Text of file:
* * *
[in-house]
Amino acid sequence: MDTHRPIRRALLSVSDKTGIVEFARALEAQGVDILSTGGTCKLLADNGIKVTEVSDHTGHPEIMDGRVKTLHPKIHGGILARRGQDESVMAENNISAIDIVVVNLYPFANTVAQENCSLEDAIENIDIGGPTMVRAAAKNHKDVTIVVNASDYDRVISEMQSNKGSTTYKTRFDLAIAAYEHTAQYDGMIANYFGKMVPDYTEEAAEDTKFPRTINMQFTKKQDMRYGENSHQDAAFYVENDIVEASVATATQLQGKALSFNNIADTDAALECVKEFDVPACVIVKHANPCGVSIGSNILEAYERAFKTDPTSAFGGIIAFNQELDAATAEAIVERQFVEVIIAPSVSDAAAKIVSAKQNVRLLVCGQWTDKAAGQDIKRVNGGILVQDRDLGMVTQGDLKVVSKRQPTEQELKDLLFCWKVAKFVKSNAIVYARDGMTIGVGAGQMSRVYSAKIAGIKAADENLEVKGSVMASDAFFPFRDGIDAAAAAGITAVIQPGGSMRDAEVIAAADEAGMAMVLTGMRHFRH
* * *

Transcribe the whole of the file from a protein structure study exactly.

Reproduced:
[in-house]
Amino acid sequence: MDTHRPIRRALLSVSDKTGIVEFARALEAQGVDILSTGGTCKLLADNGIKVTEVSDHTGHPEIMDGRVKTLHPKIHGGILARRGQDESVMAENNISAIDIVVVNLYPFANTVAQENCSLEDAIENIDIGGPTMVRAAAKNHKDVTIVVNASDYDRVISEMQSNKGSTTYKTRFDLAIAAYEHTAQYDGMIANYFGKMVPDYTEEAAEDTKFPRTINMQFTKKQDMRYGENSHQDAAFYVENDIVEASVATATQLQGKALSFNNIADTDAALECVKEFDVPACVIVKHANPCGVSIGSNILEAYERAFKTDPTSAFGGIIAFNQELDAATAEAIVERQFVEVIIAPSVSDAAAKIVSAKQNVRLLVCGQWTDKAAGQDIKRVNGGILVQDRDLGMVTQGDLKVVSKRQPTEQELKDLLFCWKVAKFVKSNAIVYARDGMTIGVGAGQMSRVYSAKIAGIKAADENLEVKGSVMASDAFFPFRDGIDAAAAAGITAVIQPGGSMRDAEVIAAADEAGMAMVLTGMRHFRH